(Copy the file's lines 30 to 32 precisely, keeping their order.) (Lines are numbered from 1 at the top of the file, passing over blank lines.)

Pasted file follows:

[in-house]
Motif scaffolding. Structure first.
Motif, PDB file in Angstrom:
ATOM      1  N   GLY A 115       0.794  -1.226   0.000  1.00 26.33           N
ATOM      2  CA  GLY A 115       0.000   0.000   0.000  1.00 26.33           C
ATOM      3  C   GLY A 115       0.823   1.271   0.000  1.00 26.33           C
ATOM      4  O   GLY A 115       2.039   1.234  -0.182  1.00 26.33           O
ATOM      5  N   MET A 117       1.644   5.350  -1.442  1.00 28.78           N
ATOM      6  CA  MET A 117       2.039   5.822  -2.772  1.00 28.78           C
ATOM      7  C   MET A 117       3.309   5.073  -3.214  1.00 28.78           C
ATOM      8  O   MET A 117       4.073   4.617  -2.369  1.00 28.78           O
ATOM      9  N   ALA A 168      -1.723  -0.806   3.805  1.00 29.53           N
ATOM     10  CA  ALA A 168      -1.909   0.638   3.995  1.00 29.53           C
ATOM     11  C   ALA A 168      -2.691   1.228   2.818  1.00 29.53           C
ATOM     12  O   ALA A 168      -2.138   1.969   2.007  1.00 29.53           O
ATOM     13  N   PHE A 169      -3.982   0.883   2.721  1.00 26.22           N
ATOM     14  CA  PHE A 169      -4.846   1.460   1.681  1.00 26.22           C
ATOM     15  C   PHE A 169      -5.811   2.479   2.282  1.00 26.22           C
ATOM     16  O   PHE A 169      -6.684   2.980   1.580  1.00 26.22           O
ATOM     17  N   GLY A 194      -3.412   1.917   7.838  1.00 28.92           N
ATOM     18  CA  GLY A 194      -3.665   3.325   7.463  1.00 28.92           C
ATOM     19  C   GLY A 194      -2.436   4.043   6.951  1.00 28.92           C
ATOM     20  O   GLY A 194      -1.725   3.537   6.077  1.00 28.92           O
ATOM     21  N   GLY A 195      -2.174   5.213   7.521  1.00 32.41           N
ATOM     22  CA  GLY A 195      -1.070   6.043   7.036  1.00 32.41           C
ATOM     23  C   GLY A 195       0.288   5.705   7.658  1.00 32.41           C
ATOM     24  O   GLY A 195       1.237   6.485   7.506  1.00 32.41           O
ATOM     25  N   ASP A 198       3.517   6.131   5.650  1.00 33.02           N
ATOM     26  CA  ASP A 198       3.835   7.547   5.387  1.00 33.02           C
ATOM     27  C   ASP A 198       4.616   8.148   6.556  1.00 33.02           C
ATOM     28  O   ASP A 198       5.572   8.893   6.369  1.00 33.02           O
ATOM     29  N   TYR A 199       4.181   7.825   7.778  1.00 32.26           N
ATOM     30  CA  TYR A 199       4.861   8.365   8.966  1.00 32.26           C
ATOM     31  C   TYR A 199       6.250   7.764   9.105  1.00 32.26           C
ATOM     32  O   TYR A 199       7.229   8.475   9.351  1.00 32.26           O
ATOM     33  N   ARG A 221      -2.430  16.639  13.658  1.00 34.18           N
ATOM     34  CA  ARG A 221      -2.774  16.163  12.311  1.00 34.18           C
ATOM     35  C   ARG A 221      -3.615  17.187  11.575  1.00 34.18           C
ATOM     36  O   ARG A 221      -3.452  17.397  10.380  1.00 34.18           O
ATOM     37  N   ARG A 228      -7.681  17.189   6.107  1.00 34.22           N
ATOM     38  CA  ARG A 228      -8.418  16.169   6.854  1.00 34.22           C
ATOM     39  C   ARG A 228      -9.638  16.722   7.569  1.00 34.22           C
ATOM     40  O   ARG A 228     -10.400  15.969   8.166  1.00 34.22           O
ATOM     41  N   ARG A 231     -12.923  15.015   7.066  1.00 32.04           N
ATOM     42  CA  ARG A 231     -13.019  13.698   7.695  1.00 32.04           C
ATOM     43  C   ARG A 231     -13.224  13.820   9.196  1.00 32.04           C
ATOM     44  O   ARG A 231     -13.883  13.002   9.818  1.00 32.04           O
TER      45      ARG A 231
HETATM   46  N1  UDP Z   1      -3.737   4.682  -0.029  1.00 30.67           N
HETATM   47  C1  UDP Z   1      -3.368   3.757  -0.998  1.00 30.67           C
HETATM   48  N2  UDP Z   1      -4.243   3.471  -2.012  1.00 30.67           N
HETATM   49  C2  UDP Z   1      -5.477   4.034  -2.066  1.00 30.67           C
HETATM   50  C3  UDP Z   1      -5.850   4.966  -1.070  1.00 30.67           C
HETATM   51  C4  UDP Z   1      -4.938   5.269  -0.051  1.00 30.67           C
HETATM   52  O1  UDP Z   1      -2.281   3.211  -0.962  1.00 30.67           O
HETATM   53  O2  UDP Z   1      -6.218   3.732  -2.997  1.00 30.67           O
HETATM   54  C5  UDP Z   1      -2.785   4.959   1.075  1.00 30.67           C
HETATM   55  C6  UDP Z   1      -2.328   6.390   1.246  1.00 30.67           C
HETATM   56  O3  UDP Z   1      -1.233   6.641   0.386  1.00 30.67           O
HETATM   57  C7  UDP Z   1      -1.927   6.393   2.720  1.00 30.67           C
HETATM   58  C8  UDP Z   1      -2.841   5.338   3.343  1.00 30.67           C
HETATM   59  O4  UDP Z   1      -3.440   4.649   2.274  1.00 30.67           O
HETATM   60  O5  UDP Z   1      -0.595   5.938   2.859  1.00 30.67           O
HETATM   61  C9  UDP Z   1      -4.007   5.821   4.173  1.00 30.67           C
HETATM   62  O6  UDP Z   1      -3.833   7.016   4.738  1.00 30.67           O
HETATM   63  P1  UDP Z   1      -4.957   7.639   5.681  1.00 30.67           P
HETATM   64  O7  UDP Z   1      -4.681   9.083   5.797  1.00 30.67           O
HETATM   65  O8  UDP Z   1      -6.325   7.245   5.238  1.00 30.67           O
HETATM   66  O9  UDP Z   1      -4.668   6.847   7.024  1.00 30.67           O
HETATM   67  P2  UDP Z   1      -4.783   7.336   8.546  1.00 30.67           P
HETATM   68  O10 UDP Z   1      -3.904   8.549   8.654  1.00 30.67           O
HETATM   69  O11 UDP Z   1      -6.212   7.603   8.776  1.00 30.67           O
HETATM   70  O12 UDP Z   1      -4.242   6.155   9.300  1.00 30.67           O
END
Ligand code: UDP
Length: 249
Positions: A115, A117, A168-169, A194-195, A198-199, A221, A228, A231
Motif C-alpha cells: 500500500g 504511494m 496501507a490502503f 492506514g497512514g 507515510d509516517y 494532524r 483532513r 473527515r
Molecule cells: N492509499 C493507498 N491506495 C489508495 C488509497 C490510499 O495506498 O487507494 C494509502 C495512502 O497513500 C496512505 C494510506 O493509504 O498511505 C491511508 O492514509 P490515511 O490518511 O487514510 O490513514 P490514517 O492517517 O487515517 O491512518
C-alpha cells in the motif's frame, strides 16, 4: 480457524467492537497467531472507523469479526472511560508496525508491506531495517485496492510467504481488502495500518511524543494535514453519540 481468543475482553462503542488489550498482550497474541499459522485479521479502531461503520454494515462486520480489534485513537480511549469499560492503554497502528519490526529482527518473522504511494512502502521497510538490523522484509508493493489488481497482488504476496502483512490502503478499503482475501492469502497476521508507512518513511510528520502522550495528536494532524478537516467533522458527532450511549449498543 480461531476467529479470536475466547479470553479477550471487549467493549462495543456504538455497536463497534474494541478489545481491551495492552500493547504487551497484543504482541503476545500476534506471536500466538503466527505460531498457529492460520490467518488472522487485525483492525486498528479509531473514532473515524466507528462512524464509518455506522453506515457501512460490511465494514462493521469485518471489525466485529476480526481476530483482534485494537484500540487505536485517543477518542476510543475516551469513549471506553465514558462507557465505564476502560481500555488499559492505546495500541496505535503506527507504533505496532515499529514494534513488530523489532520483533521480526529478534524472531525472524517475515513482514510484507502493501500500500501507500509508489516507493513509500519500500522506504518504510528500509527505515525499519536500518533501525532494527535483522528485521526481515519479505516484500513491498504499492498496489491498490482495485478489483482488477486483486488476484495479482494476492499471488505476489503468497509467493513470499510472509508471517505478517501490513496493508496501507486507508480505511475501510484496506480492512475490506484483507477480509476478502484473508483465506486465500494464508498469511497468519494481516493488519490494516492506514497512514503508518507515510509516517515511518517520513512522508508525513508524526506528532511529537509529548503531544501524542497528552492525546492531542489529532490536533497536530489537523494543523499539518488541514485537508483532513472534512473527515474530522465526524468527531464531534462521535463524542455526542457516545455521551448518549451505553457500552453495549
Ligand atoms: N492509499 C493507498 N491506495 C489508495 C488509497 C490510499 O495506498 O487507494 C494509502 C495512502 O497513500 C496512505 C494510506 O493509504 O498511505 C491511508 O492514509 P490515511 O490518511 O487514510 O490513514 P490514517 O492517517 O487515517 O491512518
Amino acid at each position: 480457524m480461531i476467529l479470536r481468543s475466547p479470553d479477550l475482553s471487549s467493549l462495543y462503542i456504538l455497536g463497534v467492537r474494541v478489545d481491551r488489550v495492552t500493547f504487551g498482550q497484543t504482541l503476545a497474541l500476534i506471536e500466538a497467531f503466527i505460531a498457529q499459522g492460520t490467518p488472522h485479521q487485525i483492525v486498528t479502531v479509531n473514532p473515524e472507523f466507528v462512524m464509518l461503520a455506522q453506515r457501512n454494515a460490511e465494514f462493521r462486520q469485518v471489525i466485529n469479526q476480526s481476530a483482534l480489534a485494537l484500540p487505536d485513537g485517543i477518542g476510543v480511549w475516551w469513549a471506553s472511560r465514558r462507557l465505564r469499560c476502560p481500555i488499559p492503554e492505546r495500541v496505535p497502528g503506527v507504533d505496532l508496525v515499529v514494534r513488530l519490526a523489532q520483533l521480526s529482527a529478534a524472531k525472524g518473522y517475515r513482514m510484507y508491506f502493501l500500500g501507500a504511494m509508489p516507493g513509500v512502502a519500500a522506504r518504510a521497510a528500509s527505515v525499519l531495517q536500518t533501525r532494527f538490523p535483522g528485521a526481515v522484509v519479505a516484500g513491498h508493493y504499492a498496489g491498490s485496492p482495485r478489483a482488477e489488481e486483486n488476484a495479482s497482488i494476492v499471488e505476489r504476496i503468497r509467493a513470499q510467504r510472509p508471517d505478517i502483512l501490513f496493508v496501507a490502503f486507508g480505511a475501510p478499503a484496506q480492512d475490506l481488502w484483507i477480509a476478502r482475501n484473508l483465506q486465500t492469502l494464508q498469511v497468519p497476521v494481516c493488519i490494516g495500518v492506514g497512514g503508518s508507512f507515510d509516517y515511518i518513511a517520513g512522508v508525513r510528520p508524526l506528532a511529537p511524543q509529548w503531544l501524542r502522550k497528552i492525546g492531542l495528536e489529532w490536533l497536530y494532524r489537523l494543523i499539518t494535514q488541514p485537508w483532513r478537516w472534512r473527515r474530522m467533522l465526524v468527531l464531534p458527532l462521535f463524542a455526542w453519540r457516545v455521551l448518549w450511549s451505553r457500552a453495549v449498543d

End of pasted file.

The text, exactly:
ATOM     27  C   ASP A 198       4.616   8.148   6.556  1.00 33.02           C
ATOM     28  O   ASP A 198       5.572   8.893   6.369  1.00 33.02           O
ATOM     29  N   TYR A 199       4.181   7.825   7.778  1.00 32.26           N